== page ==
that everyone needs it at some time in life; or we forget that someone
has blessed us with compassion at a time when we needed it.  That is
the smallness of arrogance.  It is a disease of the soul.  It can be highly
contagious.  Ignorance is its carrier.  It ravages the souls of those who
think there is no reality beyond themselves.  Those who suffer from the
smallness of arrogance think that ill fortune is the fault of those who
suffer it; that good fortune is a privilege that belongs to them.  Whatever
path you take, Grandson, do not succumb to arrogance and endanger your soul.

Joseph M. Marshall III


Arrogance means that one knows how to press forward but not
how to draw back, that one knows existence but not annihilation,
knows something about winning but nothing about losing.

I Ching


Arrogance is a mixture of impertinence, disobedience, indiscipline,
rudeness, harshness and a self-assertive nature.



Early in my career, I had to choose between an honest arrogance
and a hypercritical humility.  I deliberately choose an
honest arrogance, and I've never been sorry.

Frank Lloyd Wright


Arrogance is a creature.  It does not have senses.
It has only a sharp tongue and the pointing finger.

Toba Beta


Ignorance is a horrible thing.  But arrogance, the belief that knowing a
little more than the ignorant makes you wise, is more horrible still.

James Rozoff



There is a wicked and pervading arrogance loose on the earth,
like a rabid beast, an overdog.  Does it run, does it slouch, does
its name have a number?  The beast preaches contempt, for that's
what arrogance says:  that nothing is real but itself, and the bone
and blood of another's being are insubstantial as breath.

Kelly Cherry


We have come to look at our planet as a resource for our species, which
is funny when you think that the planet has been around for about five
billion years, and Homo sapiens for perhaps one hundred thousand.  We
have acquired an arrogance about ourselves that I find frightening.  We have
come to feel that we are so far apart from the rest of nature
that we have but to command.

Marston Bates


Nobody who is somebody looks down on anybody.

Margaret Deland


The arrogance of age must submit to be taught by youth.

Edmund Burke


Arrogance really comes from insecurity, and in the end our feeling
that we are bigger than others is really the flip side
of our feeling that we are smaller than others.

Desmond Tutu


Arrogance, boastfulness, and the overestimation of our abilities
reflects underdeveloped self-esteem rather than, as some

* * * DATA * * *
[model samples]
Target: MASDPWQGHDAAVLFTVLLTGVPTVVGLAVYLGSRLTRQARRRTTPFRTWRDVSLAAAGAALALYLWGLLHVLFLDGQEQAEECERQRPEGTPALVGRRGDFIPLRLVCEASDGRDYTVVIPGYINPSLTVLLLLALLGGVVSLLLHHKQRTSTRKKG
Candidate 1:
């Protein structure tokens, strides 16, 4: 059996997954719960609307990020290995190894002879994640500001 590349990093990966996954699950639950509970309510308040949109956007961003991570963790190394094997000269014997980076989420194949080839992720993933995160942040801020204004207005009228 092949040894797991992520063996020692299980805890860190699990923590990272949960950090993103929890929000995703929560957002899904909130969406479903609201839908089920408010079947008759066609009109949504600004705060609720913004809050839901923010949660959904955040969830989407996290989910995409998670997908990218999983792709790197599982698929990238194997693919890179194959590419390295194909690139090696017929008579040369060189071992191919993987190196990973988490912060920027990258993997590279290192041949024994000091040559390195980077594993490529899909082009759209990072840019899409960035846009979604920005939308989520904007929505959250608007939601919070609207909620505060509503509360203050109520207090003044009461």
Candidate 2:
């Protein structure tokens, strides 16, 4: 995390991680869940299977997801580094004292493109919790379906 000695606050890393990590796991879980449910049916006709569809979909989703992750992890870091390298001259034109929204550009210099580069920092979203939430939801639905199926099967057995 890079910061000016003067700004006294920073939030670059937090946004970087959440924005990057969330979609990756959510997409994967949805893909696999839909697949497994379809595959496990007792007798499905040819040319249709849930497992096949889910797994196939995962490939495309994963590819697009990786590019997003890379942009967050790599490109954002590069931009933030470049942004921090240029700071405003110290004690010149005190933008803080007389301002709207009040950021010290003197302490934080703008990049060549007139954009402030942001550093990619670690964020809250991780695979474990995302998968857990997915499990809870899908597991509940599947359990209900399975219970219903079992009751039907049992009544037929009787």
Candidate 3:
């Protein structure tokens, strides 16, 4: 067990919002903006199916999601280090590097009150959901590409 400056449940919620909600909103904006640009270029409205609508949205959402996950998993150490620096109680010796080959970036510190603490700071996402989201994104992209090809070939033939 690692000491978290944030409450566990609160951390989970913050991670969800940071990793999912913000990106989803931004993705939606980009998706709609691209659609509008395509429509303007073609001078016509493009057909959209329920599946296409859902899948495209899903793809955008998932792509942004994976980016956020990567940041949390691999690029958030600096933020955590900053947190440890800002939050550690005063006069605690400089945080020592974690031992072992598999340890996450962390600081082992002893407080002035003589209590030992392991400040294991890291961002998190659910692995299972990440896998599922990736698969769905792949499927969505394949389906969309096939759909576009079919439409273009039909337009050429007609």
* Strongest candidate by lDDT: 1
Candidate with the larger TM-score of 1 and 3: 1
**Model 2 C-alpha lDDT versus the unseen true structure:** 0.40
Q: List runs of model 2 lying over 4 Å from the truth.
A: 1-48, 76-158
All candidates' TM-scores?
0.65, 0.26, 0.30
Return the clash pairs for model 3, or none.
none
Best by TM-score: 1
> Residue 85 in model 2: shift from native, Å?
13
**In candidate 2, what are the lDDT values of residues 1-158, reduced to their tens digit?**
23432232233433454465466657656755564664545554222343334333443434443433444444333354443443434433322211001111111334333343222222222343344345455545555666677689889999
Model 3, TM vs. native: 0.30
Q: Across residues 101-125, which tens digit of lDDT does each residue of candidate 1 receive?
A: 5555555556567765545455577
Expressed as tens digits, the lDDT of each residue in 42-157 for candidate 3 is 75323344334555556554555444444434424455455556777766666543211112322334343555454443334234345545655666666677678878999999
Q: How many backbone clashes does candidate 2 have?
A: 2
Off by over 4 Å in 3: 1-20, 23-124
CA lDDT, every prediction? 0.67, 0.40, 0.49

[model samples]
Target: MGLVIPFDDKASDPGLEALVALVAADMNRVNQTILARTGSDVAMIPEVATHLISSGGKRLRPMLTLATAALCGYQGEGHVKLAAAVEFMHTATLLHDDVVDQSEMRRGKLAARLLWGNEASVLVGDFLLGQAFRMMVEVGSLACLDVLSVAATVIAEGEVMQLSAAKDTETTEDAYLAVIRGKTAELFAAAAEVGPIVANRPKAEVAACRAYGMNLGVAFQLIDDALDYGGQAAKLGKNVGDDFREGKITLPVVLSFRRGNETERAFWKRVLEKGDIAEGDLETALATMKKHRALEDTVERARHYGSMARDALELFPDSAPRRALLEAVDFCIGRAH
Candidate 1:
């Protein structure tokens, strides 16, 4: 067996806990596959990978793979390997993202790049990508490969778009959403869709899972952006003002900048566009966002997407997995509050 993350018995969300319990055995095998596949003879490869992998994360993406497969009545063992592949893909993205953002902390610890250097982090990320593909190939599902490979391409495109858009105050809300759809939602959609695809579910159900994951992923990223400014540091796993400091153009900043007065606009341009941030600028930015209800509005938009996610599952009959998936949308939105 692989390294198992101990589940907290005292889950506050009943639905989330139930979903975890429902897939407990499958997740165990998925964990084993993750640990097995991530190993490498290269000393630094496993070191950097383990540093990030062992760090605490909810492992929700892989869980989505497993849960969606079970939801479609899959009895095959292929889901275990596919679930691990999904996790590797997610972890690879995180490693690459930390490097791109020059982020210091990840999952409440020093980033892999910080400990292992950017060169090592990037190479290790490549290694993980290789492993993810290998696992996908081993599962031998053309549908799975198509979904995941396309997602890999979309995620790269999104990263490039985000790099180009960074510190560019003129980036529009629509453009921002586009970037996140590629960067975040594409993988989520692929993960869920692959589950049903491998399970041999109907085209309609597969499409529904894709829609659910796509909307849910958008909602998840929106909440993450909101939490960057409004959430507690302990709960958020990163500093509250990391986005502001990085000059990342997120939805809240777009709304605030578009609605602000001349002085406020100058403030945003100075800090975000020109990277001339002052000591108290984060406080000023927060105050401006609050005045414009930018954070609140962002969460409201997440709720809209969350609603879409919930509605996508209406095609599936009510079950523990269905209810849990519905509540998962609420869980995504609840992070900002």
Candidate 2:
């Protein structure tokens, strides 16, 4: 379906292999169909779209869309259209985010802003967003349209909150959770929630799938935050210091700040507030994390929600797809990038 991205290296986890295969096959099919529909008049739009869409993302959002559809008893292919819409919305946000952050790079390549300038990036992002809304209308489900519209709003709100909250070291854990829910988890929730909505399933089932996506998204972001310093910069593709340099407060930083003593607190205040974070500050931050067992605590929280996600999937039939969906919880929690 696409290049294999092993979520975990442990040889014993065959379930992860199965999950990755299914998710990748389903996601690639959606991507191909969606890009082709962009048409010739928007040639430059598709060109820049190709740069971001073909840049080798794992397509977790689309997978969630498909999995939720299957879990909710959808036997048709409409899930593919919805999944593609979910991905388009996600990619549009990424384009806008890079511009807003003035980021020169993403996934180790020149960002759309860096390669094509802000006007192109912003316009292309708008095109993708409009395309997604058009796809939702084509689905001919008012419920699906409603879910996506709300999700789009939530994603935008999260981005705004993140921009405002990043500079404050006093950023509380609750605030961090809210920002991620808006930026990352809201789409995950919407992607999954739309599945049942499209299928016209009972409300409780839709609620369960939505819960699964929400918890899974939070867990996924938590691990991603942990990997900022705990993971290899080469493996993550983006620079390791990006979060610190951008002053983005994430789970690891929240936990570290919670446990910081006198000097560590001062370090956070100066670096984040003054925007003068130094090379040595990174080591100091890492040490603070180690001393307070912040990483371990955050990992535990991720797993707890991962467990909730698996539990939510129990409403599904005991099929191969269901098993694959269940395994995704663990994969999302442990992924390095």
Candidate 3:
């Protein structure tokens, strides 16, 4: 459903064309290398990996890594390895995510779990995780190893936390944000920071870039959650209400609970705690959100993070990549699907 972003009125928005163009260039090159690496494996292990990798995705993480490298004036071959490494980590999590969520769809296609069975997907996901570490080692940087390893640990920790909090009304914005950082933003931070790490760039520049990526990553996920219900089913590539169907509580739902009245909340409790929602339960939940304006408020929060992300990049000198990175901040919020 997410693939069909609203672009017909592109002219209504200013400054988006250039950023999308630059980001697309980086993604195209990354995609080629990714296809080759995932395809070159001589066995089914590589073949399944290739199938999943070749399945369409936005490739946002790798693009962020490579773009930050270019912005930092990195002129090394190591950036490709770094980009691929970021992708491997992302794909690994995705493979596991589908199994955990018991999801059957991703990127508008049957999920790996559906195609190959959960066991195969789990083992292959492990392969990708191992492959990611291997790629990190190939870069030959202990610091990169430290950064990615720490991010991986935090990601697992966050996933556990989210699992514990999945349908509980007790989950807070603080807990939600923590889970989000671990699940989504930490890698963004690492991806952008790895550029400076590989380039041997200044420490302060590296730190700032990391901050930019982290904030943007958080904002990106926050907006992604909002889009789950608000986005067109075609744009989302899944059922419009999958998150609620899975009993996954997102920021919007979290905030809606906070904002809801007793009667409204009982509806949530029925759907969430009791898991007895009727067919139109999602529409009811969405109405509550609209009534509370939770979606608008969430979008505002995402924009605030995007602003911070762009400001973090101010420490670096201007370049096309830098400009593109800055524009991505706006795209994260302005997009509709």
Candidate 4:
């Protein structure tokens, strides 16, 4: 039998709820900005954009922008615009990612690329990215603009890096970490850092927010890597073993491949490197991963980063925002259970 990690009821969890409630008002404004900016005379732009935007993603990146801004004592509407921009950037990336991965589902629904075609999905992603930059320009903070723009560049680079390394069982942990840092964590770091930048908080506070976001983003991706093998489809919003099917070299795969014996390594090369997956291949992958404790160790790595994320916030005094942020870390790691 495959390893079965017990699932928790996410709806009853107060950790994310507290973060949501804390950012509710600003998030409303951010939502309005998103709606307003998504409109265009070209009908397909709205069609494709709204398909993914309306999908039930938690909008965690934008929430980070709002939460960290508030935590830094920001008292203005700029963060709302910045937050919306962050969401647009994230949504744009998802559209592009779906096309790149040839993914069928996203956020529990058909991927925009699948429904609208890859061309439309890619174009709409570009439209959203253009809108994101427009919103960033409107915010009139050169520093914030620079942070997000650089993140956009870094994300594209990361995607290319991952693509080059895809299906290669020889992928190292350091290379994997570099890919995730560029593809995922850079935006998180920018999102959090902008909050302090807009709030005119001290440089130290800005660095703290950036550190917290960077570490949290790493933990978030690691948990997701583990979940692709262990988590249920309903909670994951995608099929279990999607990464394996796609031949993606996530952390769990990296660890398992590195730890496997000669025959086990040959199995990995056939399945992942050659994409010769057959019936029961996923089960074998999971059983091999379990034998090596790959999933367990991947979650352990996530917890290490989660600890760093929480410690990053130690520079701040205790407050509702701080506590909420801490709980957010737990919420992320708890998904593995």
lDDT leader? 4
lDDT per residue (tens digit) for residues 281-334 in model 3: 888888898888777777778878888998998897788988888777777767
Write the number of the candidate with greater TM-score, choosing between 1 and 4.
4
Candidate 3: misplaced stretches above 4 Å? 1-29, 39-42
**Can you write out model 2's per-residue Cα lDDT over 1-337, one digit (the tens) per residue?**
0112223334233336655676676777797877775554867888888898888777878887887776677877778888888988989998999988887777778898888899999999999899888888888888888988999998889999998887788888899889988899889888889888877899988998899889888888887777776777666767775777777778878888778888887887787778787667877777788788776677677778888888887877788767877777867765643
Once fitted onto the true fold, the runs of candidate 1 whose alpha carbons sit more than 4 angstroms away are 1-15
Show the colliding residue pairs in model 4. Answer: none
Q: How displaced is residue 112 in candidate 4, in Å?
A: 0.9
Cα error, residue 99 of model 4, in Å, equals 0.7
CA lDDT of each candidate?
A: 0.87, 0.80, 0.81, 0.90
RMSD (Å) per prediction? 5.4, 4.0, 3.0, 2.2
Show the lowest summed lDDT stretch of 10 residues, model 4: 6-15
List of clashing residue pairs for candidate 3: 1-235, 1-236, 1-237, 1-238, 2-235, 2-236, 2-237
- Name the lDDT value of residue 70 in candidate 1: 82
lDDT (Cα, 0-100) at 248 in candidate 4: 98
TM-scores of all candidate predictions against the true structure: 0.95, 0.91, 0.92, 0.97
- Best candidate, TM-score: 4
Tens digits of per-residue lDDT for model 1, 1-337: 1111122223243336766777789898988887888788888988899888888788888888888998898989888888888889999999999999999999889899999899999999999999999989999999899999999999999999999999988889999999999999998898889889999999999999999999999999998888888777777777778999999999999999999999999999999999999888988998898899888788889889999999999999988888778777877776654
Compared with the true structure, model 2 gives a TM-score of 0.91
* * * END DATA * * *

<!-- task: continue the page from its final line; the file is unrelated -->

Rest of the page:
people imagine, too much self-esteem.

Nathaniel Branden
Self-Esteem Every Day


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The opposite of humility is arrogance--the belief that we are wiser
or better than others.   Arrogance promotes separation rather than
community.  It looms like a brick wall between us
and those from whom we could learn.

John Marks Templeton
Worldwide Laws of Life


I didn't know that there was a thin line between ignorance and arrogance.

Faraaz Kazi
Truly, Madly, Deeply


Arrogance likes to appear humble in public.

Toba Beta
Master of Stupidity

Arrogance makes you stronger from outside, but even weaker from inside.

Ujas Soni

When you judge anotherís religion then your beliefs are finally judged,
humility sets in.  At this point, God smiles because he finally got you to
recognize arrogance.  Blessed is the person that steps outside their
beliefs for one day to absorb a different perspective on life.  From that
perspective you will not only learn about others but finally see your true self.

Shannon L. Alder


When you think yours is the only true path you forever chain yourself to
judging others and narrow the vision of God.  The roads to righteousness
and arrogance are parallel roads that can intersect each other several times
throughout a person's life.  Itís often hard to recognize one road from
another.  What makes them different is the road to righteousness is paved
with the love of humanity.  The road to arrogance is paved with the love of self.

Shannon L. Alder



Alone in his car heading west, it's easy for Jason
to feel sorry for himself and mad at the world.  But
then he gives a ride to Hector and learns that life
isn't nearly as negative as we sometimes see it,
and that the prejudice and discrimination that
he's experiencing aren't unique to him--and aren't
impossible to overcome.  The friendship between
this young man and his 70-year-old passenger is
an inspiring story of love and dealing with
obstacles in our lives.    
Book - Kindle